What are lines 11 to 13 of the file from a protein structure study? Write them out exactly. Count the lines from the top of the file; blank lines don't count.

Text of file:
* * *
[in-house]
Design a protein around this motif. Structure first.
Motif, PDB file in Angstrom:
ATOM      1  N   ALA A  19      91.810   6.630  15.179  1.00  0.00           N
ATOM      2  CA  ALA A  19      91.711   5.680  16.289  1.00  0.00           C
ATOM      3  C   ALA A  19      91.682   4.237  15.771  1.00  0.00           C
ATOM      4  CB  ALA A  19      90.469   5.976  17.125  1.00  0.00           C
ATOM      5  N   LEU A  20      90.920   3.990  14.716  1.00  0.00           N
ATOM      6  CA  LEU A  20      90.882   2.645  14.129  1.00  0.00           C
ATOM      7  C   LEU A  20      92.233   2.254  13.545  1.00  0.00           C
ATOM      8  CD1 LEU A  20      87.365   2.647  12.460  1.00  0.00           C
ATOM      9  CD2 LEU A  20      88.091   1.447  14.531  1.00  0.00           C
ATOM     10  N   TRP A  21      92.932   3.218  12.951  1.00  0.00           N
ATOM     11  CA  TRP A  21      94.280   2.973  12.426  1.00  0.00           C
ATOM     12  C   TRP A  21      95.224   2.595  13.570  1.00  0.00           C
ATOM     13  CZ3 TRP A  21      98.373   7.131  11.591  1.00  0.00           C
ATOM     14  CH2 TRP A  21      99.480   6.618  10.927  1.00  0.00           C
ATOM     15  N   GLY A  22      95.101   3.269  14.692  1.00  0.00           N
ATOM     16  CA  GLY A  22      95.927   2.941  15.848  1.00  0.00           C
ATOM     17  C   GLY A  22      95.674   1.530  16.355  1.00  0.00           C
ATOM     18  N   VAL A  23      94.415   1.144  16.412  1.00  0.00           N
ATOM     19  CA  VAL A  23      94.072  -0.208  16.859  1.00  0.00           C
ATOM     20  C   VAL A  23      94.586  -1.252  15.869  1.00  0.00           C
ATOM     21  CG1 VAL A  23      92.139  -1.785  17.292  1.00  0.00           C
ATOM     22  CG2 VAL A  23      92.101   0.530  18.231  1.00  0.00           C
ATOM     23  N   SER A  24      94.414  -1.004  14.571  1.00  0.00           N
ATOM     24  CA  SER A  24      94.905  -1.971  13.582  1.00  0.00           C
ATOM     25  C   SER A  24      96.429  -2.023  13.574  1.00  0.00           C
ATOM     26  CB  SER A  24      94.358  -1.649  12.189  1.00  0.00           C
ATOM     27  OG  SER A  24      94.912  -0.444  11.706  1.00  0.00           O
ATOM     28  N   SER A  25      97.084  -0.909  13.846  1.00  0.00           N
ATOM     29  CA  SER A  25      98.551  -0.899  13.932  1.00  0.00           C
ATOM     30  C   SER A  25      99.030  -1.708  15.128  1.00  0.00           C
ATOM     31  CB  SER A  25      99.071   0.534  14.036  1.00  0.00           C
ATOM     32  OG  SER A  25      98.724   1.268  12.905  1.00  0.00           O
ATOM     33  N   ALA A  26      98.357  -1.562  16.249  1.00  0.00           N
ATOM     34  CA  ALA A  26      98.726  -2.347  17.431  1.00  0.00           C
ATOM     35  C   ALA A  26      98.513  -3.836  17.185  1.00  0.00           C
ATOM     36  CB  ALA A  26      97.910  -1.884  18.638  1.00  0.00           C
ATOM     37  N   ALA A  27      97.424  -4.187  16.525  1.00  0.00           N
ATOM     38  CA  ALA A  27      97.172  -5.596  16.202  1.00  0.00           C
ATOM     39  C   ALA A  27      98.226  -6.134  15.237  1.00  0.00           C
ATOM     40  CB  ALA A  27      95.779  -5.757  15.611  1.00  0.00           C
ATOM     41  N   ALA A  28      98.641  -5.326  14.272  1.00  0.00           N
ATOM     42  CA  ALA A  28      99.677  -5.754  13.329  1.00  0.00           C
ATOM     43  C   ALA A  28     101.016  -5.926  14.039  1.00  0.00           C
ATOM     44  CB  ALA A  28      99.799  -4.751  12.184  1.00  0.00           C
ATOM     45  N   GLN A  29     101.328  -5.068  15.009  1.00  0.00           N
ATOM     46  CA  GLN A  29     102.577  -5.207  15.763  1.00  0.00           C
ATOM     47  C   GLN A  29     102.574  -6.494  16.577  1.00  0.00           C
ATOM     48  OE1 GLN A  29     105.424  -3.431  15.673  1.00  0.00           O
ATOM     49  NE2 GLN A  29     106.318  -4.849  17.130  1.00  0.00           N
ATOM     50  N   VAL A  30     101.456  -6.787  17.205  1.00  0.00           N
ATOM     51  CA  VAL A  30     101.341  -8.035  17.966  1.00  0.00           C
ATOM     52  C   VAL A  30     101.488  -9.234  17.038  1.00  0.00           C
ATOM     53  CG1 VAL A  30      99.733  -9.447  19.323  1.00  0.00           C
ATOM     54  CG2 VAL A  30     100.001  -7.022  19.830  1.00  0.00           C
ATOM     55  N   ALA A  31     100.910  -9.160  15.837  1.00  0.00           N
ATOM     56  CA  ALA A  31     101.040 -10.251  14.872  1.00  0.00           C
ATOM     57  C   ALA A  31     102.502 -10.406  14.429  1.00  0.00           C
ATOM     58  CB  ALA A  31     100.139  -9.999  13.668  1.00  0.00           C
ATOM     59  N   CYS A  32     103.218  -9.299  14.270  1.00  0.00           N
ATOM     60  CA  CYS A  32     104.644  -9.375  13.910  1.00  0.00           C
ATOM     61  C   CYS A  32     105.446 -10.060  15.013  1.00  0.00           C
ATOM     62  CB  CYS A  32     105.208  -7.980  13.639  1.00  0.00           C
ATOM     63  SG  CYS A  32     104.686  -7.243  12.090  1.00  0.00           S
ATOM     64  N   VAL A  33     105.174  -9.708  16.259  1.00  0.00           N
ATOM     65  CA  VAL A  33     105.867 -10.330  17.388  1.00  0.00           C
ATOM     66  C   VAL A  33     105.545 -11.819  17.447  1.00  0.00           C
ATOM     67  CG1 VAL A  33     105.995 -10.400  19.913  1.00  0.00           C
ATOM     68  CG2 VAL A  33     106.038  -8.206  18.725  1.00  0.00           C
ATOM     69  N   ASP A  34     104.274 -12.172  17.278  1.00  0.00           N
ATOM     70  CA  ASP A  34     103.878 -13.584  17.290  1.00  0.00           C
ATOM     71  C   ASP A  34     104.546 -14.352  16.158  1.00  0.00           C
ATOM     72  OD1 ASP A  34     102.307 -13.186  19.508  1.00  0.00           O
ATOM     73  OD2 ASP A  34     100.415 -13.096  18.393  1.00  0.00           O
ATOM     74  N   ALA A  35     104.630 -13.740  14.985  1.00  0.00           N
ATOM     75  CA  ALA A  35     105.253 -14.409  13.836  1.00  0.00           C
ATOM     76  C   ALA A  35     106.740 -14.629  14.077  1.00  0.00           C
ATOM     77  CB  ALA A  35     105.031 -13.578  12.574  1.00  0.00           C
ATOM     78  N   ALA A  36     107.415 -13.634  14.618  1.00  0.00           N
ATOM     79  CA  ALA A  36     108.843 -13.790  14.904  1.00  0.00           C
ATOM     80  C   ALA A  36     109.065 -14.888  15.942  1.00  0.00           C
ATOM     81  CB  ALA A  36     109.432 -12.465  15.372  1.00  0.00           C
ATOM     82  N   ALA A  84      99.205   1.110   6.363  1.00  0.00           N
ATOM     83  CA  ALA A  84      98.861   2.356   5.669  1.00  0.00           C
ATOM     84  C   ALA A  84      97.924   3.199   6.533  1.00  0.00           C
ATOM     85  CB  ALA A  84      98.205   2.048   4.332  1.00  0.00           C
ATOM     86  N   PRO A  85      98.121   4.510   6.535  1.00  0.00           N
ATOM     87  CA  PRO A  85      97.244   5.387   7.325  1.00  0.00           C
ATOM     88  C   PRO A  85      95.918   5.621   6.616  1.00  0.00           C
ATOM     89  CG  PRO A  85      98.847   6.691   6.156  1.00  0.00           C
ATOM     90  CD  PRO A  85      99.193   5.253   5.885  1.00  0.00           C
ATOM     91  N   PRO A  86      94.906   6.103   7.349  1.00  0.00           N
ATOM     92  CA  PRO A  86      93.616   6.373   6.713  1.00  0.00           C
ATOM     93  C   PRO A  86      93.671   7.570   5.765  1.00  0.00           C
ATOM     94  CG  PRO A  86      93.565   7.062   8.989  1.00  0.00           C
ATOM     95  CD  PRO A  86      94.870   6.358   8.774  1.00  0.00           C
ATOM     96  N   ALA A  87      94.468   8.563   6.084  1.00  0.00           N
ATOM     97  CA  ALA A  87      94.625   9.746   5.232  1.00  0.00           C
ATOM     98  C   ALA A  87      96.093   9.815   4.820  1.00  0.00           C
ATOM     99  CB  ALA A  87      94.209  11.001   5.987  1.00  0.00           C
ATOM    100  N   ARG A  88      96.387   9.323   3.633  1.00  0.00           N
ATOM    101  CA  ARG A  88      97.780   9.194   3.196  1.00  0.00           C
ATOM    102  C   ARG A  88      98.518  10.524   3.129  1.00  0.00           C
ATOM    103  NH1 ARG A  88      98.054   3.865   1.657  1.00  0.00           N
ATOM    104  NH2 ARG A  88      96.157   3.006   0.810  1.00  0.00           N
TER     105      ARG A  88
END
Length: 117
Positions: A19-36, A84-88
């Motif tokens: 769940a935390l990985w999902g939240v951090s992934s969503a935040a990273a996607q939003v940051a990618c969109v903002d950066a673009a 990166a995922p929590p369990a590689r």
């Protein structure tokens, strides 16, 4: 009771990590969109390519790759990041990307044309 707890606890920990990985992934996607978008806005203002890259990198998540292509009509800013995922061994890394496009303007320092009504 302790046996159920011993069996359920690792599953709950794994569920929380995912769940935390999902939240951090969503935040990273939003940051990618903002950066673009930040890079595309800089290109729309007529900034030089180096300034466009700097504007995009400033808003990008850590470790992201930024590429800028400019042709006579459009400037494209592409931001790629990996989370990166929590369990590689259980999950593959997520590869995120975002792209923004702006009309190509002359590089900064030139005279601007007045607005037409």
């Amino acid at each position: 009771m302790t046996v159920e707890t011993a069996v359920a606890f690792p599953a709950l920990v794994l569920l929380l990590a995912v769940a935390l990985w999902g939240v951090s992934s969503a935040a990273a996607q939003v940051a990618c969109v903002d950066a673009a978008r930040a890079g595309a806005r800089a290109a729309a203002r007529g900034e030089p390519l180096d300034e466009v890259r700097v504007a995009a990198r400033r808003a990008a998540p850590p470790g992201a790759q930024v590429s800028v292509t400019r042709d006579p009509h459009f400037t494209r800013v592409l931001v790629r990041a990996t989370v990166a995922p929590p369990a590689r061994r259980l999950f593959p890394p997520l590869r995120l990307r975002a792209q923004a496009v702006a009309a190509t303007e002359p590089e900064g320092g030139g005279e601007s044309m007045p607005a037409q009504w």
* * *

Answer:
ATOM      8  CD1 LEU A  20      87.365   2.647  12.460  1.00  0.00           C
ATOM      9  CD2 LEU A  20      88.091   1.447  14.531  1.00  0.00           C
ATOM     10  N   TRP A  21      92.932   3.218  12.951  1.00  0.00           N